The brand partners with growers for diamonds, and with Vandana’s family background belonging to the jewellery industry, they further turn these stones into modern renaissance pieces imbibing the latest trends.
Vandana elucidates about how these diamonds are created by subjecting carbon to high temperatures and pressure in a controlled environment, and the diamond growing process has two main methods – High Pressure High Temperature (HPHT) and Chemical Vapor Deposition (CVD). She avers, “For HPHT diamonds, a small diamond seed is placed in carbon, and using one of several manufacturing processes, the seed is introduced to an environment of extremely high pressure and temperature conducive to diamond growth.” Meanwhile, a CVD diamond is a thin slice of diamond seed placed in a sealed chamber and exposed to a carbon-rich gas, which is in a way microwaved to break its molecular bonds. Once the breaking down begins, pure carbon sticks to the seed and a new diamond forms.
A revolutionary offering of new-age technology coupled with traditional yet contemporary designs, the brand is manifesting its philosophy of revolution outside of societal rules and creating your own ideology to change consumer outlook towards jewellery. With a timeless yet chic offering of earrings, necklaces, bracelets, and rings, Vandals is successfully shipping internationally and has a great demand from South East Asia and the Middle East in addition to its Indian demand.
Myaraa by Namrata Lodha: Weaving accessories with strength of women communities
Accessories is a segment that enjoys immense diversity on product, materials and even utility, making it a great investment. Several brands and designers are striving to steer away from animal sourced mediums and move towards fashion-conscious alternates like coconut extracts for faux leather. One such brand that has carved its niche in the bespoke hats segment is Myaraa by Namrata Lodha, launched in 2019. This entrepreneurship journey started in a living room with a germ of an idea, says Namrata, “to (re)introduce the concept of hats as an accessory but with a unique design element in it.”
Taking cues from her backyard in Harda, Madhya Pradesh, including many wheat farms, she observed how local artisans use the remaining wheat grass after harvest to create baskets, simple tools and handicraft items. Travelling to the West, Namrata saw several demographics in the US wear the exact same wheatgrass which were molded and styled in different shapes and sizes, and the idea of Myaraa was birthed.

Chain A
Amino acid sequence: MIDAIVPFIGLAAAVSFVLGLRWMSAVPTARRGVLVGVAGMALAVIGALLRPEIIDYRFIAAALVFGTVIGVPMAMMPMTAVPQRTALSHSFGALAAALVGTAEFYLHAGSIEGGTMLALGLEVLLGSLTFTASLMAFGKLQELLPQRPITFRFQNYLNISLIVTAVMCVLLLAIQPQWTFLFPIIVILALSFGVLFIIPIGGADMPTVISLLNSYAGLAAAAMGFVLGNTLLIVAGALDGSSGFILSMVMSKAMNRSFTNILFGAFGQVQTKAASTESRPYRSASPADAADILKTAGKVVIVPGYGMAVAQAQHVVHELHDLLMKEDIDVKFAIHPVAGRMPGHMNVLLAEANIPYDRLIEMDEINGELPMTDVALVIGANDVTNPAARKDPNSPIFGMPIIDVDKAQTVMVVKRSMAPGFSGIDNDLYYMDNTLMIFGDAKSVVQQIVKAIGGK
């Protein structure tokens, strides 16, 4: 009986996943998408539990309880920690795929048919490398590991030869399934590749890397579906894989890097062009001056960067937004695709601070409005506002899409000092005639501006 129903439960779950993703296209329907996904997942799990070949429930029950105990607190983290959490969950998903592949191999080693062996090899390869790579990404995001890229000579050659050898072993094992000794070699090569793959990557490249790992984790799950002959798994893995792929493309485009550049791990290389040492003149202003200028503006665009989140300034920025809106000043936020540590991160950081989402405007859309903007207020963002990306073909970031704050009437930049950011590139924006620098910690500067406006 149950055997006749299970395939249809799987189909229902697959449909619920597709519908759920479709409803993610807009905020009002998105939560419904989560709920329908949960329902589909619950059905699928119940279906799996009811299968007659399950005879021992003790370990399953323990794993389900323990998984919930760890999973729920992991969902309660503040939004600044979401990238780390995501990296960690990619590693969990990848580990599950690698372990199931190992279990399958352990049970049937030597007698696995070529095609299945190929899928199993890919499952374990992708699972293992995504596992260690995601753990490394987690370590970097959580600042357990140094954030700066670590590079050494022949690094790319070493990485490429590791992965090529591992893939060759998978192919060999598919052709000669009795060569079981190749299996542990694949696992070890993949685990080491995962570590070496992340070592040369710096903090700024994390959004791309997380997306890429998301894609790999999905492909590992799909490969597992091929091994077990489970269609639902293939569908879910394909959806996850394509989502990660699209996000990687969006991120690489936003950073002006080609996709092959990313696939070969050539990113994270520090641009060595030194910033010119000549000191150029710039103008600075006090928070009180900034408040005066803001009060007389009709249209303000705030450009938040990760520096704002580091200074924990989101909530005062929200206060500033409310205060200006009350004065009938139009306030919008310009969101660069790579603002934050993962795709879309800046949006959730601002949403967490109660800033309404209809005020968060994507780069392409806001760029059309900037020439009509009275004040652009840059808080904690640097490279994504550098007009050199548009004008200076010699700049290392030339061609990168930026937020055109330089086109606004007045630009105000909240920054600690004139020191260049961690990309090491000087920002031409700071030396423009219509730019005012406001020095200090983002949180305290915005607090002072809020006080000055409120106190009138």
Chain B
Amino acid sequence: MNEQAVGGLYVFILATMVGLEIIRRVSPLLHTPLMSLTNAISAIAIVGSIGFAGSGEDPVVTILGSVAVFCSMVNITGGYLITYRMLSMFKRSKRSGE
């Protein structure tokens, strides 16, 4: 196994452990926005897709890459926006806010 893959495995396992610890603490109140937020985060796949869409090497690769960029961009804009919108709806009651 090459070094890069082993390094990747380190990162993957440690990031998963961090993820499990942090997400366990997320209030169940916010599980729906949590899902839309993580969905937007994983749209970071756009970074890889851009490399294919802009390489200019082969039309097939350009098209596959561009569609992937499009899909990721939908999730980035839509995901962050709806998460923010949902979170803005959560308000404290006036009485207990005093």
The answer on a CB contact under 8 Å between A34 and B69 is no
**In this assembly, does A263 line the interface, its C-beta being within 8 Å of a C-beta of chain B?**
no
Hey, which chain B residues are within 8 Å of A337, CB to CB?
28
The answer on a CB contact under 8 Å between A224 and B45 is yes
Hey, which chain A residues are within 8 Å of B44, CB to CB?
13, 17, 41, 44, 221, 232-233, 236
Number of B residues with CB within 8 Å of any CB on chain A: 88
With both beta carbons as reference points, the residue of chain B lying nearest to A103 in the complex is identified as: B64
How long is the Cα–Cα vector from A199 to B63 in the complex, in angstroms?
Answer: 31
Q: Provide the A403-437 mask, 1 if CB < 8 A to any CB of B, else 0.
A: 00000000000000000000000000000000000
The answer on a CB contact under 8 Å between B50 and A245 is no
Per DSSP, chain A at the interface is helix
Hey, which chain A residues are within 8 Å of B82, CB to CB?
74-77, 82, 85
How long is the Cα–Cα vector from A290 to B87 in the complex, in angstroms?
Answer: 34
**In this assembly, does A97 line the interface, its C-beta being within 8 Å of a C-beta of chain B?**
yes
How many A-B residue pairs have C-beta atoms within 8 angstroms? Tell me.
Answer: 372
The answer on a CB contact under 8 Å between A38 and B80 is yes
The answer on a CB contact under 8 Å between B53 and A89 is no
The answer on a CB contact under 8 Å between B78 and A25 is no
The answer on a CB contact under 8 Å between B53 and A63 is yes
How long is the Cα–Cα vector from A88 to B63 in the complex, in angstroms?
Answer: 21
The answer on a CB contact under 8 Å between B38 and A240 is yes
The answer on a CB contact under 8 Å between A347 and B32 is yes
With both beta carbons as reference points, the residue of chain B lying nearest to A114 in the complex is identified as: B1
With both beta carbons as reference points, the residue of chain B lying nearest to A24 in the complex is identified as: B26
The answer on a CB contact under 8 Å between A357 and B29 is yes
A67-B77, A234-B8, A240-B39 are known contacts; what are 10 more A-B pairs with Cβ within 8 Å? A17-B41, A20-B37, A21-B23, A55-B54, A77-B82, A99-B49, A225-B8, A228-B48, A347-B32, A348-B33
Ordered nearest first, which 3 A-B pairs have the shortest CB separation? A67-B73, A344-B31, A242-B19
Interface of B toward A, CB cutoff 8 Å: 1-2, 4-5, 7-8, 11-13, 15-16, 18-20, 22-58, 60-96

Inspired by the natural grass fibre baskets and tools from Madhya Pradesh, Myaraa’s hats are today designed in a combination of Indo-Western styles and can be personalised with names, messages, or occasions. “The hats are 100 per cent vegan and natural grass products that are wildly popular and eco-friendly. Our raw materials are locally sourced from the farmlands and workshops nearby. After designing and customisation, research & development goes into workshops and training rooms that aim towards empowering local rural women whose families abandoned them for marrying outside their communities or for being a widow. The venture trains these women in designing hats, and learning the English language as well to enable them to writing scriptures and doing embroidery work for custom patch works,” Namrata shares.
The label is working on adding new products like fringe hat and ruffle hat to its straw-hat collection.
Their vision is fast-paced, forward-thinking and fashion-centered at its core, and their products are spreading love in 50+ countries and counting!
In its entirety, the non-core fashion industry fragments are now putting themselves on the fashion-conscious radar and are becoming trailblazers in adoption of sustainability towards the planet, process, people, and their final products. One common perspective of the three labels is educating customers of their buying choices and how they impact the environment and people, and their campaigns and products are working vigorously each day to realise this aim.